Thursday, August 27, 2009

I keep saying good things in obscure places...

To rectify this injustice, I shall, like a mouse bringing you a half dead lizard that you neither want nor asked for, repost my brilliance here to be evaluated and praised (or perhaps validly critiqued allowing for personal growth).

you blame the idea of religion instead of human being nature of exsistance lol fun stuff. the idea of religion is to bring a group of people with common interest together, and have them follow a higher power its human being who use the idea of religion as a weapon just like a gun/sword/rock/words whatever you can use to convince the other person into believing your right...

I don't blame human nature for anything. By and large, human nature is a positive force for good. Humans, when they aren't feeling threatened, are some of the most lovely and interesting animals in all of nature. My point is that religion isn't suppose to bring together a group of people with common interests. That is the domain of knitting circles and book clubs. Religions are beliefs in things unseen, without evidence, on the word of people you don't know for reasons you cannot fathom.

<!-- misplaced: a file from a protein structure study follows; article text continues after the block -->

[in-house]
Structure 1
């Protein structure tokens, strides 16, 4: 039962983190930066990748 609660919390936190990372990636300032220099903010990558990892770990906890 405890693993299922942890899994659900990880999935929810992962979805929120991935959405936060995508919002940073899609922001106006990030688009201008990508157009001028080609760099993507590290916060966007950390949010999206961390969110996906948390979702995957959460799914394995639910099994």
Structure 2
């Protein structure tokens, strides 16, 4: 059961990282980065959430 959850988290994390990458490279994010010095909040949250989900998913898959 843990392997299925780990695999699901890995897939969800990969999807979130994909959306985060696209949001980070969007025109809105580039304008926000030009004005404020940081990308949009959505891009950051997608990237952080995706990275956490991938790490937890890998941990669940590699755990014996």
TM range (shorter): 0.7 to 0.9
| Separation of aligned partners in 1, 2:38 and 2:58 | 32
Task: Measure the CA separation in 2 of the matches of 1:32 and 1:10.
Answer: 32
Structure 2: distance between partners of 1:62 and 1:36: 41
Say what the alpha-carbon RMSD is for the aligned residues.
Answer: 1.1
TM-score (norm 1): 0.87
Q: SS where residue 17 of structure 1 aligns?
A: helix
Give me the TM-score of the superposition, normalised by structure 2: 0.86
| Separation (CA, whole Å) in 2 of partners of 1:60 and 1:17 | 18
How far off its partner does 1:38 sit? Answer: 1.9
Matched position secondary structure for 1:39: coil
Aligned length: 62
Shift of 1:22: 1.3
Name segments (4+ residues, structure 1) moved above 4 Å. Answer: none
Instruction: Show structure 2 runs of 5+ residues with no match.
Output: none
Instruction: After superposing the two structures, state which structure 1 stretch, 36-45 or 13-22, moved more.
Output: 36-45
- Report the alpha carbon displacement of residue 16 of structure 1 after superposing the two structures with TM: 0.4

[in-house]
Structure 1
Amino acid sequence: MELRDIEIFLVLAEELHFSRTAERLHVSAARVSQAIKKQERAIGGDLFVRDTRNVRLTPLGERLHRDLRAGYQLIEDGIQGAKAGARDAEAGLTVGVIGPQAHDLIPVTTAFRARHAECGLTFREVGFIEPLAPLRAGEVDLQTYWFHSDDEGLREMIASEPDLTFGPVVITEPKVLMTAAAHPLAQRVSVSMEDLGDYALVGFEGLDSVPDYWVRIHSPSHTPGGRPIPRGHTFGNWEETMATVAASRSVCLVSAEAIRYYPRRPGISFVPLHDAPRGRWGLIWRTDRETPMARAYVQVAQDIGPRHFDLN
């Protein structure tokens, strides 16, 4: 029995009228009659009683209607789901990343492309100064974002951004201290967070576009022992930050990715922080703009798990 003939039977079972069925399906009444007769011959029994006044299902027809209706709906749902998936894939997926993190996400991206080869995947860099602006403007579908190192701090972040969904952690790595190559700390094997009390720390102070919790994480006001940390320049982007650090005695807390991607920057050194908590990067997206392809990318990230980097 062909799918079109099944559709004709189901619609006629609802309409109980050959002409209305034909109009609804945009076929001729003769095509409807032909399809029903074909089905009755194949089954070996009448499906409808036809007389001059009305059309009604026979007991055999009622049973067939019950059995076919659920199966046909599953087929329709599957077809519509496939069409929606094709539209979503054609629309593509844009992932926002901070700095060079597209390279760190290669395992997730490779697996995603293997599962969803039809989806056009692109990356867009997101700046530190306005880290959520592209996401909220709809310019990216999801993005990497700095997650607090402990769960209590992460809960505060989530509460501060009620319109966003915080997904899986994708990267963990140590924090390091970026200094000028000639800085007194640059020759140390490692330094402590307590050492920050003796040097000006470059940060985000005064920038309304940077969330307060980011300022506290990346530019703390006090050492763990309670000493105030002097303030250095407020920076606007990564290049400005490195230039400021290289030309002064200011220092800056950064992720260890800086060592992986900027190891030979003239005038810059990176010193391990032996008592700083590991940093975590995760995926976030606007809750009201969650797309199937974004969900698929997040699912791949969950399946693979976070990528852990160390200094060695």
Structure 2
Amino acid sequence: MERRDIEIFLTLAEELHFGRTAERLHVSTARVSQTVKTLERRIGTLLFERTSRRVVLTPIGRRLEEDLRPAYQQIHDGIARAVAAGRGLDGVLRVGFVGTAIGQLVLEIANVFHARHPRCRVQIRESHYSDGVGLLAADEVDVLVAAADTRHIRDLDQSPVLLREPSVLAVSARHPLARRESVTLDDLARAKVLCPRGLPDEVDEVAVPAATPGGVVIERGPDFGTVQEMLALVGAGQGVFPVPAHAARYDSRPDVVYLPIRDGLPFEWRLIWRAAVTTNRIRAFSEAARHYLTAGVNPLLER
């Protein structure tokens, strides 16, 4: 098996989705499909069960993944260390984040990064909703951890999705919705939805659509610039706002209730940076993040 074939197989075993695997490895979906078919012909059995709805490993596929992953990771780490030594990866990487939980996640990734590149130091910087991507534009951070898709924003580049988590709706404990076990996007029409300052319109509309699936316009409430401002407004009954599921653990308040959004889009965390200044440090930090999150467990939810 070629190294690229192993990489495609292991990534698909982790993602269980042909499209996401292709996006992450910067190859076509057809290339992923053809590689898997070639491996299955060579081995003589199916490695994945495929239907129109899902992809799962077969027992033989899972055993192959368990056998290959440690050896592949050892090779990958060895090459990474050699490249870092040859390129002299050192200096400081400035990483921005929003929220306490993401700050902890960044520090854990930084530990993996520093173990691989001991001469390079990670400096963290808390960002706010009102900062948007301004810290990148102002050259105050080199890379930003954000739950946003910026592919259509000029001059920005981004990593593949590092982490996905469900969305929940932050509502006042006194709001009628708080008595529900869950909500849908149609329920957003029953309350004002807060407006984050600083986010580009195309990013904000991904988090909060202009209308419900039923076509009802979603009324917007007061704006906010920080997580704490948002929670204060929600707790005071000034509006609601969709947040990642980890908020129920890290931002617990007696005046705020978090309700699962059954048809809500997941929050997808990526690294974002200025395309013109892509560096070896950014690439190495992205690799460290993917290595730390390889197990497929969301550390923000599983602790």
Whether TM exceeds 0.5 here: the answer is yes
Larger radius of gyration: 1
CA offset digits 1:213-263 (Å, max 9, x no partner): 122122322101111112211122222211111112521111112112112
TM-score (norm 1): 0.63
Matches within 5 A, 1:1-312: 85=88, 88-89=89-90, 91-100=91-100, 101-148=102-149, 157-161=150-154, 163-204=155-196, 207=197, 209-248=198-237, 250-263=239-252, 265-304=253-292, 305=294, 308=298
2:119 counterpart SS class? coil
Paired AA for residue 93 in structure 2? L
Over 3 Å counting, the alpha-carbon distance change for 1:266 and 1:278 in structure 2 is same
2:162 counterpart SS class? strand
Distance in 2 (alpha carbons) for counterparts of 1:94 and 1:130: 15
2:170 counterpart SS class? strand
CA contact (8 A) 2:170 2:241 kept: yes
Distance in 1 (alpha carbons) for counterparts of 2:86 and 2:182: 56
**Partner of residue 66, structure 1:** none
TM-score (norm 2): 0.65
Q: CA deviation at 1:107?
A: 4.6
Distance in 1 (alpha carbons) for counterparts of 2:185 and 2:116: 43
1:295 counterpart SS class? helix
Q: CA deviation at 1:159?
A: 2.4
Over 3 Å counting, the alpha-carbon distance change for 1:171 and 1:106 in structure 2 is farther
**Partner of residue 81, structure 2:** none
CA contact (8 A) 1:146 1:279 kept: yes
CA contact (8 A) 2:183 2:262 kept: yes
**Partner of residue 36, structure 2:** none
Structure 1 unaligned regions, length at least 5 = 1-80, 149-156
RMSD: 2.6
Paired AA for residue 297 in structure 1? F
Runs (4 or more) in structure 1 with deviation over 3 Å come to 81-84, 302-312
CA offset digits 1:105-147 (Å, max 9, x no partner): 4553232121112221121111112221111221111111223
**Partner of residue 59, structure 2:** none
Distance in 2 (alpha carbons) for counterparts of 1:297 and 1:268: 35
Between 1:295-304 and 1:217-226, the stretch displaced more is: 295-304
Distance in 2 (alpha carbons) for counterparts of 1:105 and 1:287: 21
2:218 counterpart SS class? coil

Religion seems to be largely a product of the human proclivity towards confabulation with regard to agency. Humans will make things up and believe them with the slightest impulse to do so. If we see something in reality that we do not understand, we make up stories. Whether it's Apollo riding across the sky on his fiery chariot, God punishing snakes by taking away their legs, or Odin making man out of driftwood. Humans are remarkable story tellers. The problems arise when these stories are enforced by inquisition, defended by crusade, and protected by rejecting basic science.